“I am writing a love letter to your wife.”
Directed by and starring Erich von Stroheim, the 1922 silent film Foolish Wives centers on the ne’er-do-well Russian, Count Karanzim (von Stroheim) and his two ‘cousins’–Princess Olga (Maude George) and Princess Vera Petchnikoff (Mae Busch). While this trio live high on the hog in a splendid villa overlooking the ocean in Monte Carlo, in reality they’re impoverished. The Count’s story is that his Russian estates are entangled due to the Revolution, and this often leaves him short of cash. But behind a whirl of social events, the Count and his cousins live on the proceeds of counterfeiting and money laundering with the Count fleecing the occasional rich woman as a hobby. The first few scenes establish these three as a nasty bunch. One of the princesses spitefully pinches a servant, and the decadent Count downs his daily dose of Ox-blood as a breakfast aperitif.
The American envoy to Monaco, Andrew Hughes (Rudolph Christians) and his much younger, naive wife Helen (Patty Dupont) arrive, and it doesn’t take long before the Count is whirling his monocle at his latest victim. The Count–a “notorious heartbreaker” exploits Helen’s tendency towards romanticism, and his designs–which ostensibly are towards her wallet–also include compromising her and taking advantage of her vulnerability. He exploits Helen’s loneliness and her husband’s inattention by saying, “Husbands are foolish. With them, a woman won is a woman secure.” Then he proceeds to romance her with flattery and attention.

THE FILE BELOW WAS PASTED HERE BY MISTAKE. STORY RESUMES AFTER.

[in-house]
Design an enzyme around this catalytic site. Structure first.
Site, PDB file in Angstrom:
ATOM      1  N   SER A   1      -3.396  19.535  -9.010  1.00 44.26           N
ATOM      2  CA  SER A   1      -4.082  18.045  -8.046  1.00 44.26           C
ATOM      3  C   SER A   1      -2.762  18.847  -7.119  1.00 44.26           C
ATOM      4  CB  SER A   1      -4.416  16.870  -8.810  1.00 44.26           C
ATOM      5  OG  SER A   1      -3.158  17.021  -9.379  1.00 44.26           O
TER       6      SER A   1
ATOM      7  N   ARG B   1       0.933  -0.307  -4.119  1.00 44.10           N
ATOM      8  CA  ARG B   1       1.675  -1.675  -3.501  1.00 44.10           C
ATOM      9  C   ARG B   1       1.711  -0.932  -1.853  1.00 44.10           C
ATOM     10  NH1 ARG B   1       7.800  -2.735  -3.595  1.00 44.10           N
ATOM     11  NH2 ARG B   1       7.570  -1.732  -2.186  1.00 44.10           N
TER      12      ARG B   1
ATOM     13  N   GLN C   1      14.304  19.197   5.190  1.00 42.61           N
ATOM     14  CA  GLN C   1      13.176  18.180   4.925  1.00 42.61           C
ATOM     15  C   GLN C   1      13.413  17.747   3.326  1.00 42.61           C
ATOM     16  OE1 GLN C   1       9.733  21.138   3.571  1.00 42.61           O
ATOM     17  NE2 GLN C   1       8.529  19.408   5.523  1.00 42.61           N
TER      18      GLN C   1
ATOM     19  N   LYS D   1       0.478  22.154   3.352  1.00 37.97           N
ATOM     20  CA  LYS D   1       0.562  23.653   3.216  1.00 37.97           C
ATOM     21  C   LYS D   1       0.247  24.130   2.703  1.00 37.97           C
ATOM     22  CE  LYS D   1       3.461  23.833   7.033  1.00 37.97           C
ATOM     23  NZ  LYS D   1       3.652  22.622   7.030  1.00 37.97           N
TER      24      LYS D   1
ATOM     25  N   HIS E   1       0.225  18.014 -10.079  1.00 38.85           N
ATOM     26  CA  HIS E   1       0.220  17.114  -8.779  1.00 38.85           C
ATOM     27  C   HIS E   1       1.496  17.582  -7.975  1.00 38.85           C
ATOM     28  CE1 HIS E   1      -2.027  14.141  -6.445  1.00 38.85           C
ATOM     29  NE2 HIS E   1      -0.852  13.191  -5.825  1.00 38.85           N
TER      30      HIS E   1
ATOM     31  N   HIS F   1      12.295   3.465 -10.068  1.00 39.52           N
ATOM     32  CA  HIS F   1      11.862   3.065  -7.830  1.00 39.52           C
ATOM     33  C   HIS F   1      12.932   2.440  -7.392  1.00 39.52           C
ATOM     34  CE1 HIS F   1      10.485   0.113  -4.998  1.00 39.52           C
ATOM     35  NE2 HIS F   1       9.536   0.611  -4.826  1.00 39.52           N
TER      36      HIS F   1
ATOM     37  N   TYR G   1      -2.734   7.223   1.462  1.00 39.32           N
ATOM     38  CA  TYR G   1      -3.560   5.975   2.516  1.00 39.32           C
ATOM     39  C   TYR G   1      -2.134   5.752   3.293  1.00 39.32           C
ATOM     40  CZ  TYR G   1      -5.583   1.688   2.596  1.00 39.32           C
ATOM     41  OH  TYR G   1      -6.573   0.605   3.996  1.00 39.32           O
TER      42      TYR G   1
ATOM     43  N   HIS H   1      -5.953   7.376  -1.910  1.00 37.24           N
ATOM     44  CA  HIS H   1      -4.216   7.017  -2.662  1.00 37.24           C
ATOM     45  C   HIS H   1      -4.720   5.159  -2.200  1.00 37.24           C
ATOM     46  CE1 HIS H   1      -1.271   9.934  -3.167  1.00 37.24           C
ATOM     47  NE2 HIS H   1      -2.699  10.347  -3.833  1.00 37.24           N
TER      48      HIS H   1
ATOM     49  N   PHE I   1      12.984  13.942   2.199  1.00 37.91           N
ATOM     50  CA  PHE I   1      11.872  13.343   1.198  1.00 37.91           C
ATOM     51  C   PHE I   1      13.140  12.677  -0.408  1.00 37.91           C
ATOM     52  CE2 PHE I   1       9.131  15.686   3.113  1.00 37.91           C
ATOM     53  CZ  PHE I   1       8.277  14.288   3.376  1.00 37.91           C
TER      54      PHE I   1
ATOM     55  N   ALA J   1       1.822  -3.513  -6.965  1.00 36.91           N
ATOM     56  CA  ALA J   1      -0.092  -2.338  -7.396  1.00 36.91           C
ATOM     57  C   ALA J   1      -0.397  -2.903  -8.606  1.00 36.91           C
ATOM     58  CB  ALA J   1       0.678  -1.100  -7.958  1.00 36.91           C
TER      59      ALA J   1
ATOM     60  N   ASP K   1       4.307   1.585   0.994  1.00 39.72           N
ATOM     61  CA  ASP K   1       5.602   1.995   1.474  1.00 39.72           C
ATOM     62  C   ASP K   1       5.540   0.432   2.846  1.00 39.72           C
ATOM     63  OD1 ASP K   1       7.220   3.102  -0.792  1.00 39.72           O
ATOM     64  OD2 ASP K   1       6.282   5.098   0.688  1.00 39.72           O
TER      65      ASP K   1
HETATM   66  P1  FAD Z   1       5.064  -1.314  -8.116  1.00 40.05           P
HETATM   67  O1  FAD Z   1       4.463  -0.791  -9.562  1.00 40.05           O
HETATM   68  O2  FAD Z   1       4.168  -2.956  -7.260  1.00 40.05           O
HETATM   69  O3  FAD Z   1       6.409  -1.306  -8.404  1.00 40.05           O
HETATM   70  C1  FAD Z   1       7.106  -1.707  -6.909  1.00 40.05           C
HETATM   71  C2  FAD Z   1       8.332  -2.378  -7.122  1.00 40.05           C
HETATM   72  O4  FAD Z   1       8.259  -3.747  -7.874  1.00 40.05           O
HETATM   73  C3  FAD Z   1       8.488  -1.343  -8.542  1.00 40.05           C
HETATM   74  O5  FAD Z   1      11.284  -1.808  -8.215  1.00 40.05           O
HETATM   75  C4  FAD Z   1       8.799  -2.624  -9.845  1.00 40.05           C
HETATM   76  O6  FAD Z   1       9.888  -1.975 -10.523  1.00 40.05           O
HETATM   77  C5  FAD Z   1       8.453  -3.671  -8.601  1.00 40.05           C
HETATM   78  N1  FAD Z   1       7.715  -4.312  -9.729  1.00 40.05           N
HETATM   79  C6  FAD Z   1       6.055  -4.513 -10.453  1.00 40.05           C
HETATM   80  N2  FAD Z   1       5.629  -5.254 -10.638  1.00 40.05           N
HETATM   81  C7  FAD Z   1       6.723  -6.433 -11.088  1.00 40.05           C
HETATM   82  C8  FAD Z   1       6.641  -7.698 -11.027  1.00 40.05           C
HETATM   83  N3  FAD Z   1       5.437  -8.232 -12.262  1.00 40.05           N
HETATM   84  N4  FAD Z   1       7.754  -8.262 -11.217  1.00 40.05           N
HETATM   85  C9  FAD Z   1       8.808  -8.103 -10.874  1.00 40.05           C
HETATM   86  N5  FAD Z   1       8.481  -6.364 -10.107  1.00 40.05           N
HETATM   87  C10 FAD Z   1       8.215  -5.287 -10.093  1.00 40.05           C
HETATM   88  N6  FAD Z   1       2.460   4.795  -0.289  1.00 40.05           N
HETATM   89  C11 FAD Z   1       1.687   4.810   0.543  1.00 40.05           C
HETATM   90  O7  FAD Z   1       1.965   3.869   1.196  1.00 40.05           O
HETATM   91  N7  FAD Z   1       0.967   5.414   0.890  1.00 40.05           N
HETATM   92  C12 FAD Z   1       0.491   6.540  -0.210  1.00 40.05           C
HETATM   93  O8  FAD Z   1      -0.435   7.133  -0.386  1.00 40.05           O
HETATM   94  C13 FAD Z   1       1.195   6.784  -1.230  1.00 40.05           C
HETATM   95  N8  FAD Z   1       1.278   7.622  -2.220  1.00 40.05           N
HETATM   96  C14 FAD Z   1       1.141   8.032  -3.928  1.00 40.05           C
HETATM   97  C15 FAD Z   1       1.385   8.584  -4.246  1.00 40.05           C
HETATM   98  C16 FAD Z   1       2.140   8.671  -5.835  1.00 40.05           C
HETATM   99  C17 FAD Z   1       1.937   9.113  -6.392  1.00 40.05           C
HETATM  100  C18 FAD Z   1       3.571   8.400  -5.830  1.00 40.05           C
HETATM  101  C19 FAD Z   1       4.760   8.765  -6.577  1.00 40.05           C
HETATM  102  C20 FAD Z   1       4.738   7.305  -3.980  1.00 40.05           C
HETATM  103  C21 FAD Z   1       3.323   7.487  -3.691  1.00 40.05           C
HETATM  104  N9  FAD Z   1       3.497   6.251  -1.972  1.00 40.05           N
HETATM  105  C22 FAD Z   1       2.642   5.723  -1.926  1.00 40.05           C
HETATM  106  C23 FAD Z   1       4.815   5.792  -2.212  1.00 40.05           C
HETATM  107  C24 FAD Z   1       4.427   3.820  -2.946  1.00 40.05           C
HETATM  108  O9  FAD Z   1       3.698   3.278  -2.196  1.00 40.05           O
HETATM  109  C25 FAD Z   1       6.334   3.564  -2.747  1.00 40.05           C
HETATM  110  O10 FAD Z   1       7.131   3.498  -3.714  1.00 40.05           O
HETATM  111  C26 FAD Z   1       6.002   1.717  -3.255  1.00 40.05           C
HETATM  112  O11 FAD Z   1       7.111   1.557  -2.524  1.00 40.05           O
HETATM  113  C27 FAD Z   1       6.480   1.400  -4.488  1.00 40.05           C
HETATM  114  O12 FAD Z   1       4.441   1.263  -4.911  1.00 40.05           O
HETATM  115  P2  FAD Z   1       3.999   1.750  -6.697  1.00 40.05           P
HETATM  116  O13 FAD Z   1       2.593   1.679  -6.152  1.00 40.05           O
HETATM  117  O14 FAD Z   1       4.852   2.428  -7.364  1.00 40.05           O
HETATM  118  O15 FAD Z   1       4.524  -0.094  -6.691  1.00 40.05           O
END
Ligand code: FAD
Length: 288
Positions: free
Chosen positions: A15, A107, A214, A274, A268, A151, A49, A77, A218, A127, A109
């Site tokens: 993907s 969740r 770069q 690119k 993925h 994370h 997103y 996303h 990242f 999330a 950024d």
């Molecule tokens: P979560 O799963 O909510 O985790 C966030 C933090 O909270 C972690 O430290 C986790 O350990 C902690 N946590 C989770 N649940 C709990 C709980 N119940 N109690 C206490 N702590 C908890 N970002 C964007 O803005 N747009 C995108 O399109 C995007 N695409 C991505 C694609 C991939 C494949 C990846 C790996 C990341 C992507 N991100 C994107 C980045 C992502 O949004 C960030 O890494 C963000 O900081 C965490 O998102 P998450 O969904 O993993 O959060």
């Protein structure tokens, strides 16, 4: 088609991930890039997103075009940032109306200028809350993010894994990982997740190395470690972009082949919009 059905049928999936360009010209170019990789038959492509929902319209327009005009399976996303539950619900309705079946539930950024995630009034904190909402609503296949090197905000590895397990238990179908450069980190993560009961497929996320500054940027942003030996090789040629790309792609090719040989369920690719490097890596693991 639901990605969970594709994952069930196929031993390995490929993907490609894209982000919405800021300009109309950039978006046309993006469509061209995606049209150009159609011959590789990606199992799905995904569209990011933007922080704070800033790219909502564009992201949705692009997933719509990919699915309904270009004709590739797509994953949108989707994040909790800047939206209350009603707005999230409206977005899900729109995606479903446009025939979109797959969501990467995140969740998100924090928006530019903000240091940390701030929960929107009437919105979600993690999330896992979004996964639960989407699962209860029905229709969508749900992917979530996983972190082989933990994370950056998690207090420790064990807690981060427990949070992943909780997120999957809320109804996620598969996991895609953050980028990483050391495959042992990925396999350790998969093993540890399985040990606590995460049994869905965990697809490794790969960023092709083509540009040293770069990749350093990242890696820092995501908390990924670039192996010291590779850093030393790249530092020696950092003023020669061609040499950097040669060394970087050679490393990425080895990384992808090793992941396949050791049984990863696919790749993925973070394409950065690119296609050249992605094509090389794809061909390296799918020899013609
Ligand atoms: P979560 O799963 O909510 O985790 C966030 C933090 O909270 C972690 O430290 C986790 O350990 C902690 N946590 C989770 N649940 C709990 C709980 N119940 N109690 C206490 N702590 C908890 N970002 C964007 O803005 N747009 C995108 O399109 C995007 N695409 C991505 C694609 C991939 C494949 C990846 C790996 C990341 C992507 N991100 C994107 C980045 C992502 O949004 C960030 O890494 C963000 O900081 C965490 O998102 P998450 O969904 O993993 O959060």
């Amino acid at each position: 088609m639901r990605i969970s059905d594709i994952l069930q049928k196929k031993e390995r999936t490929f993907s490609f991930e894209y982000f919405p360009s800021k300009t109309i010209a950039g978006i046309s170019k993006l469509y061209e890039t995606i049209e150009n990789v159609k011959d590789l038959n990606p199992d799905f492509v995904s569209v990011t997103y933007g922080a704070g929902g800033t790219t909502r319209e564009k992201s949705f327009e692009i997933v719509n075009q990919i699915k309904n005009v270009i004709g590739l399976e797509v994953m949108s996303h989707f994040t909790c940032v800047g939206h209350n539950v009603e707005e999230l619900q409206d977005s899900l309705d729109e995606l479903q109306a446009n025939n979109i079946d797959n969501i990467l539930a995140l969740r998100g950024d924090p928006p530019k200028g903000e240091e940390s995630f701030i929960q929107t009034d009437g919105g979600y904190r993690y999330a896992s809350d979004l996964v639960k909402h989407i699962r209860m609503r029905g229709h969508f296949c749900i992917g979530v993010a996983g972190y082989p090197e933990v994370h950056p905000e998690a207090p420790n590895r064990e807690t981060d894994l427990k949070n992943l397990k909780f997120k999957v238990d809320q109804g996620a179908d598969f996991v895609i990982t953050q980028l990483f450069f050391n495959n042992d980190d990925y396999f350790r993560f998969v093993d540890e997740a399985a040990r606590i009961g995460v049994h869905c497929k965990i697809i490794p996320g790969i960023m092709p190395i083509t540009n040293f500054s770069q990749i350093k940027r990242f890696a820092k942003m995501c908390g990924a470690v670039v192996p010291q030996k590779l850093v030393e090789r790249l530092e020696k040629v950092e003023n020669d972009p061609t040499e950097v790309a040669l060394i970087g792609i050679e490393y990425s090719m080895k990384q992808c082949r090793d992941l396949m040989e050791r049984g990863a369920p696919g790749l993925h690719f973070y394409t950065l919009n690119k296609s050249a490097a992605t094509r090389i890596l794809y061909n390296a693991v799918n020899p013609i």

Erich von Stroheim steals the film with his well-defined role of the ‘noble’ scumbag–he’s incredibly slimy in spite of his immaculate clothing and matching Borzois. The film allows glimpses into his dastardly schemes, and one of the best scenes takes place when he wrests his servant’s life savings from her. He’s already promised to marry the poor deluded girl, and a few well-placed crocodile tears from the vain Count are all it takes to convince her to hand over her meager savings. In another excellent scene, the camera captures the servant Maruschka’s spiral through the mental states of rejection, jealousy, revenge and madness.
The Alpha DVD is acceptable. There are few problematic, overly dark scenes that occur at night inside the home of a haggy procuress, and the print is a little scratchy in places. Fans of silent cinema and/or von Stroheim should enjoy this tale of wickedness and deceit.